• Which means your local vigilante force could stop and frisk you, invade your house, detain you without charges, make you testify against yourself and convict you without trail. How great is that?

        • Isn’t what everyone is discussing here called “Constitutional carry”? If the cops are on break, why would anyone leave the house without at least a handgun? And pardon me if I don’t expect my local vigilante force to bother me while my AR is slung over my shoulder. At least not twice.

        • Which means your local vigilante force could stop and frisk you, invade your house, detain you without charges, make you testify against yourself and convict you without trail. How great is that?

          How is that any difference then what is happening already?

          Stop and frisk happened with force of government.
          Warrantless, no-knocks already happens.
          Detaining without charges already happens.
          Lying to people to get them to say things already happens.
          People with arrest records but no convictions are already treated as if they were convicted.

        • There are warrantless searches and no knock raids but there are no warrantless no-knock raids at least those that will hold up in court. All things you mention are the kinds of things that the courts toss out at discovery or at the trial. Your local vigilante group is not bound by those technicalities nor, if history is to be observed, does “accused” rarely ever make it to court to adjudicate such technicalities.

      • Turning jails into actual trade schools wouldn’t be a bad idea. If Baltimore jails are anything like the ones here, they’re a lot like going off to a summer camp, except you have to stay indoors. There are TV, board games, card games, books to read, and many repeat customers look on it as a vacation from having to take any responsibility at all.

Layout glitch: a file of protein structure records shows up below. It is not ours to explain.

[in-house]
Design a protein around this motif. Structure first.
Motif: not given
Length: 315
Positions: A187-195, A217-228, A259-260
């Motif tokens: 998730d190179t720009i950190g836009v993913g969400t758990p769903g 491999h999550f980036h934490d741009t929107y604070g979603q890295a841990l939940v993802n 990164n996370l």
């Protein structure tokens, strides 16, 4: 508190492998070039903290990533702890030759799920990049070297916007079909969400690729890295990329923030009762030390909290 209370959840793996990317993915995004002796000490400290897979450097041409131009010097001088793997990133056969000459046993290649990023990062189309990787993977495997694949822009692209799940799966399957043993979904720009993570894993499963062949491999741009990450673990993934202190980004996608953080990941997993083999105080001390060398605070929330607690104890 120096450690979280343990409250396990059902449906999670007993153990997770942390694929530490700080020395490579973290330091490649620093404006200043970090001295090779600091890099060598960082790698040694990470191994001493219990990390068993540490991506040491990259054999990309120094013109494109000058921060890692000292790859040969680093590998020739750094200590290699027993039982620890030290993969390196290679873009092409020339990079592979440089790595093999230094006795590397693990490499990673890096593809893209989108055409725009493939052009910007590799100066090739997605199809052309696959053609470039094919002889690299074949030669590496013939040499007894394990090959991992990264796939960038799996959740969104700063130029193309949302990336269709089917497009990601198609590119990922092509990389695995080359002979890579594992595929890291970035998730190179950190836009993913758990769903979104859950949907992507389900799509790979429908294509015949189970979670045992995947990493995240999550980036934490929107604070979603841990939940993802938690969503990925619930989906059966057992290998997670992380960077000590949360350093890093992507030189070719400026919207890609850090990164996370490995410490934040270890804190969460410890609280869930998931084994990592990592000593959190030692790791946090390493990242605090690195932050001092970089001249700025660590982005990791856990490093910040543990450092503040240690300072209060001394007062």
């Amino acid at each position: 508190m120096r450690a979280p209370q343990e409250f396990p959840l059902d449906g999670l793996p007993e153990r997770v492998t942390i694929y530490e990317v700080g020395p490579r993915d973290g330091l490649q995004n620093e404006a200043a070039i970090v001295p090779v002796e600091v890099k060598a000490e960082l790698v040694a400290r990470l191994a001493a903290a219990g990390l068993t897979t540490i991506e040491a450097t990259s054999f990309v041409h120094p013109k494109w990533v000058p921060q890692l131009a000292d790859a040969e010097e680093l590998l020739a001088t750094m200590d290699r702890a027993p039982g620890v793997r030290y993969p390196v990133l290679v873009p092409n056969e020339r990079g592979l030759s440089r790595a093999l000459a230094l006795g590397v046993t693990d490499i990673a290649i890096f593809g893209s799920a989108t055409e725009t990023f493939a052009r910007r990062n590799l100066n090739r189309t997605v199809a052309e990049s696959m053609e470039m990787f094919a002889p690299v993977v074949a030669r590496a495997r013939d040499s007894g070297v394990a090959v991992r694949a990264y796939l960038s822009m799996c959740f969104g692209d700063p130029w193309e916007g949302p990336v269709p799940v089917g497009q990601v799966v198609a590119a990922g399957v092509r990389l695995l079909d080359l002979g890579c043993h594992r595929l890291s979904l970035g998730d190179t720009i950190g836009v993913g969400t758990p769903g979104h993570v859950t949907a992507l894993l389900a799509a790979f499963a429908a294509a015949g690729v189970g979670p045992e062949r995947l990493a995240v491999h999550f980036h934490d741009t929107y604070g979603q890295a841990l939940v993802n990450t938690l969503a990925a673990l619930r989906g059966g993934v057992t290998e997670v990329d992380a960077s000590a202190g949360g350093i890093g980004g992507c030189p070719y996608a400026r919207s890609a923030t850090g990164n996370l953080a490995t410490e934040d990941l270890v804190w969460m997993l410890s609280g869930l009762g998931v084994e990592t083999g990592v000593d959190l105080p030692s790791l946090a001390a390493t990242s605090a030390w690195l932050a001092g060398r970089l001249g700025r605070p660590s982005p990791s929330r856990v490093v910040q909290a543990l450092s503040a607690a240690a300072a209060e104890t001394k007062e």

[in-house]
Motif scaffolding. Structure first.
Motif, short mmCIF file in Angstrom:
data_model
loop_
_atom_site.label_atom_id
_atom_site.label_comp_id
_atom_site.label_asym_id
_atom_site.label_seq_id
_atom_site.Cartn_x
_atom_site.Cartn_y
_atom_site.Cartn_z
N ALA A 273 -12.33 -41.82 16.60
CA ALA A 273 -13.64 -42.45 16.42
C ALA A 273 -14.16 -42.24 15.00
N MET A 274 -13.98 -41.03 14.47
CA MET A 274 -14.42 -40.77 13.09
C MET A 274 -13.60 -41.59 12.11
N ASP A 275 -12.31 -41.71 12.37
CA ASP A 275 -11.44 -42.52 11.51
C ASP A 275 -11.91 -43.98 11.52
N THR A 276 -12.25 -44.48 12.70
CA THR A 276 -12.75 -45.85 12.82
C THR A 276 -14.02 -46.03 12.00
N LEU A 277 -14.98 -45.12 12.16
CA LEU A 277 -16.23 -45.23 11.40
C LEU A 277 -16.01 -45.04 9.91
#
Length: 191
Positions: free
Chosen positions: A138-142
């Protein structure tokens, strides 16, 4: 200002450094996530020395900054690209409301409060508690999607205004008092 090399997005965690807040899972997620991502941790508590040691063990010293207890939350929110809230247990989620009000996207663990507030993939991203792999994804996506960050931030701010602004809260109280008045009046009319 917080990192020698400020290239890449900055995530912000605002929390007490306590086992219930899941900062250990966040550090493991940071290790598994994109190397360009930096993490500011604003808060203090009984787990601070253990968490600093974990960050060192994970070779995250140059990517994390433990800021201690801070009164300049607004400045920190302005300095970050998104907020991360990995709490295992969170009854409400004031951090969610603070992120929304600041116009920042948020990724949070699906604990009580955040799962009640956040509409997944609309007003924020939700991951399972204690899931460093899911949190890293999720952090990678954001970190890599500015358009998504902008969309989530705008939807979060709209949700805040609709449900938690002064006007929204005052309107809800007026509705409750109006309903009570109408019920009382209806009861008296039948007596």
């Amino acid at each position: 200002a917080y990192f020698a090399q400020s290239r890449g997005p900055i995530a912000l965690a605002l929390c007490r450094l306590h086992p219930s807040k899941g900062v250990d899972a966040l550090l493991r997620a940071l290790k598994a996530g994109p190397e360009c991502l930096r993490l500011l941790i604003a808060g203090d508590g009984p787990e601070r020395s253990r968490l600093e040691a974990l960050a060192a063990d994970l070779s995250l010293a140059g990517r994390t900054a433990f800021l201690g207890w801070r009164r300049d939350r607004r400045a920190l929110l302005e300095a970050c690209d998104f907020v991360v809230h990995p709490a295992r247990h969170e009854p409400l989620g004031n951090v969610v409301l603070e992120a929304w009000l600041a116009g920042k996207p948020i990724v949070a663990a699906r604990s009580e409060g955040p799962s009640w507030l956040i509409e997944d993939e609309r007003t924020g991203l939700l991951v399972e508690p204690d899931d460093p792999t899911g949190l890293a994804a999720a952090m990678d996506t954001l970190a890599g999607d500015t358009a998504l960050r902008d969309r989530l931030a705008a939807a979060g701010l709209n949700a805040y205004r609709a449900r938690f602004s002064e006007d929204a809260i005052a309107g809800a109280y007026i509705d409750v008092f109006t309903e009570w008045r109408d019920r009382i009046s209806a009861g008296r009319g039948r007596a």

I’d volunteer to teach a class at the jail, if it would help change the atmosphere from a big social event to requiring a degree of responsibility. No “if you feel like it” attendance, either — you’re in there, you (theoretically) owe a debt to society, so you have to be learning SOMETHING useful on the outside.

        • .The rate of recidivism is too high for training to be effective. The training is lost to the system once they get out.

      • @LarryinTX

        ” And pardon me if I don’t expect my local vigilante force to bother me while my AR is slung over my shoulder. At least not twice.”

        Talking about Baltimore citizens’ defense groups? You’re right; if they’re in a good mood, they’re just get five guys on with with AK’s and yell “STOI, SUKA!” If they’re in a bad mood, they’ll just kill you and let god sort you out.

  9. Next week these same libturds that have been screaming “F*** THA PO-LEECE” Will be screaming “Only the police should have guns!!!”

    • There’s no inconsistency here if you realize that 1) no one but police has guns and 2) no police at all means 3) no guns, and that that is the goal. It’d be like making gun ownership legal only for unicorns.

  10. From Heien v North Carolina:
    “Because Darisse’s mistake of law was reasonable, there was rea- sonable suspicion justifying the stop under the Fourth Amendment. Pp. 4–13.
    (a) The Fourth Amendment requires government officials to act reasonably, not perfectly, and gives those officials “fair leeway for enforcing the law,” Brinegar v. United States, 338 U. S. 160, 176. Searches and seizures based on mistakes of fact may be reasonable. See, e.g., Illinois v. Rodriguez, 497 U. S. 177, 183–186. The limiting factor is that “the mistakes must be those of reasonable men.” Brinegar, supra, at 176. Mistakes of law are no less compatible with the concept of reasonable suspicion, which arises from an understanding of both the facts and the relevant law. Whether an officer is reasonably mistaken about the one or the other, the result is the same: the facts are outside the scope of the law. And neither the Fourth Amendment’s text nor this Court’s precedents offer any reason why that result should not be acceptable when reached by a reasonable mistake of law.”

    Therefore: the police should be protected based on this ruling (that is less than a year old) assuming that they felt there was a law being broken. Any questions?

    • Baltimore cops made a mistake in arresting FG. Mistakes can happen and should be put right. But FG died in police custody. That goes beyond “oops”.

      And I usually side with the cops.